Dear Mr. Kent:On your recent official trip to Venezuela, in the name of Canada, you made some remarks that embarrass us as a country, and disgust me as a Canadian. They are as follows:
Mr. Kent, Canada is NOT “concerned” about the Venezuelan government’s legitimate actions regarding broadcasters in violation of its laws. And for that reason, Canada would appreciate you not rudely fobbing off your personal views as those of an entire nation when you are the guest of a foreign leader. You were the guest of President Chávez, were you not? And if you were not there as his guest, whose guest were you? Were you in fact a guest of the putschist opposition, and was that the reason you didn’t show your face there for very long–or present it to the president himself, at Miraflores Palace? The reason I ask is because you made those uncalled-for remarks in your official capacity as a minister of state. Just as you made the following remarks in your official capacity on the shameful occasion of the military coup against the president of Honduras, Manuel Zelaya:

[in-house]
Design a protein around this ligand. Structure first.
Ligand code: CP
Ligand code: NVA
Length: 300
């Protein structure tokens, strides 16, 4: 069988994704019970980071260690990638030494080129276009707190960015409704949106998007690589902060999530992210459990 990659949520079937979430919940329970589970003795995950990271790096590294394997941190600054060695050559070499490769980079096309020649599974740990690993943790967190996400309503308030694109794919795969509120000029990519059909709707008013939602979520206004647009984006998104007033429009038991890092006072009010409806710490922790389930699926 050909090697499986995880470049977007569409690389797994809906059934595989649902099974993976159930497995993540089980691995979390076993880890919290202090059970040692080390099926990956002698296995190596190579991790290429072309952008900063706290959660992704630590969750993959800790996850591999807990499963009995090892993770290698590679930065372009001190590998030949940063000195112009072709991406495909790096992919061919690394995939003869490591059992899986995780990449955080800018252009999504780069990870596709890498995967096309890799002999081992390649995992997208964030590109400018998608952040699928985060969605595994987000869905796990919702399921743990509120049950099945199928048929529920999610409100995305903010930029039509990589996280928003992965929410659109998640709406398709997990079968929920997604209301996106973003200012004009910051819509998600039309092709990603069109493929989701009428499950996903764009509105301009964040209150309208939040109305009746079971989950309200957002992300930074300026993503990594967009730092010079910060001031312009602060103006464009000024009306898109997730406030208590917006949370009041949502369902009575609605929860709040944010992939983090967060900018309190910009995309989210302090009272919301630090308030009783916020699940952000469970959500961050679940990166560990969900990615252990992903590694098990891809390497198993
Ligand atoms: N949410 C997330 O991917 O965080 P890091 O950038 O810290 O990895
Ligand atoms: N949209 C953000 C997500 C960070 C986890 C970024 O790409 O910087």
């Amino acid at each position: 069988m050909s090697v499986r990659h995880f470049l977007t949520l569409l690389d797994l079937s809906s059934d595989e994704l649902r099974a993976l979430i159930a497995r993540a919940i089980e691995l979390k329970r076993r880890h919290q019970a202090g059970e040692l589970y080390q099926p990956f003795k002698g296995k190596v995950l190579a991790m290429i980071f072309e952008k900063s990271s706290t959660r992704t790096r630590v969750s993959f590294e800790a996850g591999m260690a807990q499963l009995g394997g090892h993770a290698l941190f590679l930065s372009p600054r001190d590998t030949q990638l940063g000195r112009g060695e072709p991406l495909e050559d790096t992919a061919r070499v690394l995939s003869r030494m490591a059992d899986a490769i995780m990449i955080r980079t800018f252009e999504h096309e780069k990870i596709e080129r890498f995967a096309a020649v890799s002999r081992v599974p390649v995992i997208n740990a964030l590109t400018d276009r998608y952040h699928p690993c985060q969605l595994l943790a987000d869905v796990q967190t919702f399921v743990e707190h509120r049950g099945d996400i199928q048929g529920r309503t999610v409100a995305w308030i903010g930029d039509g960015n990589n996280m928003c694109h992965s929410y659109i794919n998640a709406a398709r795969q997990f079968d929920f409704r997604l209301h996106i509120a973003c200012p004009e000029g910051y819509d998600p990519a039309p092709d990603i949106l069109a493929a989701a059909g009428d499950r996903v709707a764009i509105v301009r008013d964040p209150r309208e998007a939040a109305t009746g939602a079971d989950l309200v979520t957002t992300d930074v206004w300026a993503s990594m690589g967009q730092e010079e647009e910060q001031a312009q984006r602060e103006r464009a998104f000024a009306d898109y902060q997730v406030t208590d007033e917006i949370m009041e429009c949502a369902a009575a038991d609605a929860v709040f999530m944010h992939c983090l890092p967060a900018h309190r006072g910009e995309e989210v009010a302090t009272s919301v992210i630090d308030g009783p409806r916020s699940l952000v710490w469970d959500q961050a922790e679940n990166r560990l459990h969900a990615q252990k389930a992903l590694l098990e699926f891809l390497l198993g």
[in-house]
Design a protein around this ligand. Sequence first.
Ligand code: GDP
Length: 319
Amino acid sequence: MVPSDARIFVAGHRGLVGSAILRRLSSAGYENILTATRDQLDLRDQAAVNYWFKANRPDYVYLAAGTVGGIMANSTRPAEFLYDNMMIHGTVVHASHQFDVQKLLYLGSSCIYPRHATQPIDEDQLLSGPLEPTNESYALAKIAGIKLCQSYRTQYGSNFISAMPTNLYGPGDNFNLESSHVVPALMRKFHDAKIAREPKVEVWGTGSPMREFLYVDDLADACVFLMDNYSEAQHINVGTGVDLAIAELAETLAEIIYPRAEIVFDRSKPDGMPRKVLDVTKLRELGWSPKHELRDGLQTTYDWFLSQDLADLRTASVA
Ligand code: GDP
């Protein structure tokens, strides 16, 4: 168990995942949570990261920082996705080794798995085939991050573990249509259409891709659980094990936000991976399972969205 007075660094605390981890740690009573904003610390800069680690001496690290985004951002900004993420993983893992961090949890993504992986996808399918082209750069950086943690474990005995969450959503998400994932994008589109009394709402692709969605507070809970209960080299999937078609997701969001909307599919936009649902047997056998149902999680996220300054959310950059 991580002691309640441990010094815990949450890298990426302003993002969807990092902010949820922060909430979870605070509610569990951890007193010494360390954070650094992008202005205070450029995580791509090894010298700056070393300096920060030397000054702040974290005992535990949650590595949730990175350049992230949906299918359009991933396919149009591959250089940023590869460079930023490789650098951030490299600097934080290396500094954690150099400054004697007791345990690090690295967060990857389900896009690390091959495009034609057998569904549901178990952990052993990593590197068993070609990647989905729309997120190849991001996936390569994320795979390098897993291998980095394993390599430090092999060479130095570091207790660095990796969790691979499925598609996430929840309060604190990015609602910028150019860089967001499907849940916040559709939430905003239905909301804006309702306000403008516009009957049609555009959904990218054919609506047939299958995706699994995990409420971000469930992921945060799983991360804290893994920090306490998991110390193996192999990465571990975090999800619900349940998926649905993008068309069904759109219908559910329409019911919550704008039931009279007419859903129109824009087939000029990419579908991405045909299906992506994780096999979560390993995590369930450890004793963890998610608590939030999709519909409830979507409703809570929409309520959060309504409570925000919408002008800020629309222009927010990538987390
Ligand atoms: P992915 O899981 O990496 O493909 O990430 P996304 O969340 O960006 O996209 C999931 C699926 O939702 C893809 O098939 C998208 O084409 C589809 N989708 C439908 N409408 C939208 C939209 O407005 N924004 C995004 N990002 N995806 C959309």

“Canada is concerned over the Venezuelan government’s recent suspension of broadcasting of [three] television stations and the death of two students in protests related to this action. These events are further evidence of a shrinking democratic space in Venezuela.”
Now, that’s all very right and proper. No one could fault you for saying that. But when that legitimately elected leader attempted to return to his country, from which he was unceremoniously ousted, and regain his rightful seat, you said:
“Canada condemns the coup d’état that took place over the weekend in Honduras, and calls on all parties to show restraint and to seek a peaceful resolution to the present political crisis, which respects democratic norms and the rule of law, including the Honduran Constitution.“Democratic governance is a central pillar of Canada’s enhanced engagement in the Americas, and we are seriously concerned by what has transpired in Honduras.”